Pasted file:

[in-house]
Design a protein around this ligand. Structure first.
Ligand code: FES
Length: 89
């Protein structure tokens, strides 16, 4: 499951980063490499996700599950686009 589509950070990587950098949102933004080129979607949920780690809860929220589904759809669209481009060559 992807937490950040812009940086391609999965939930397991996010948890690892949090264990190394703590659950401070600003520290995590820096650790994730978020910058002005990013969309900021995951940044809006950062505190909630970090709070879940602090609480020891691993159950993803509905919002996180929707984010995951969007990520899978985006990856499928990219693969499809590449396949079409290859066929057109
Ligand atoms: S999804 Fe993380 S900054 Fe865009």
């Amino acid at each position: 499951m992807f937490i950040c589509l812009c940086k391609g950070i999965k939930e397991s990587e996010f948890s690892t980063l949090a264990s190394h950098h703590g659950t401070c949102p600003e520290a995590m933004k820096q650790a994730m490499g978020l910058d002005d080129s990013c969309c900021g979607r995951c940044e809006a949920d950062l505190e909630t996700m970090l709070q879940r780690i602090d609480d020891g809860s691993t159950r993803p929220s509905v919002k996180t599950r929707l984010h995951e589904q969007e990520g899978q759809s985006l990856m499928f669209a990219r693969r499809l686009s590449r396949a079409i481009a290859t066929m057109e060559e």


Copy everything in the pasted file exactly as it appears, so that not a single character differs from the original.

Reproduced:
[in-house]
Design a protein around this ligand. Structure first.
Ligand code: FES
Length: 89
């Protein structure tokens, strides 16, 4: 499951980063490499996700599950686009 589509950070990587950098949102933004080129979607949920780690809860929220589904759809669209481009060559 992807937490950040812009940086391609999965939930397991996010948890690892949090264990190394703590659950401070600003520290995590820096650790994730978020910058002005990013969309900021995951940044809006950062505190909630970090709070879940602090609480020891691993159950993803509905919002996180929707984010995951969007990520899978985006990856499928990219693969499809590449396949079409290859066929057109
Ligand atoms: S999804 Fe993380 S900054 Fe865009």
């Amino acid at each position: 499951m992807f937490i950040c589509l812009c940086k391609g950070i999965k939930e397991s990587e996010f948890s690892t980063l949090a264990s190394h950098h703590g659950t401070c949102p600003e520290a995590m933004k820096q650790a994730m490499g978020l910058d002005d080129s990013c969309c900021g979607r995951c940044e809006a949920d950062l505190e909630t996700m970090l709070q879940r780690i602090d609480d020891g809860s691993t159950r993803p929220s509905v919002k996180t599950r929707l984010h995951e589904q969007e990520g899978q759809s985006l990856m499928f669209a990219r693969r499809l686009s590449r396949a079409i481009a290859t066929m057109e060559e």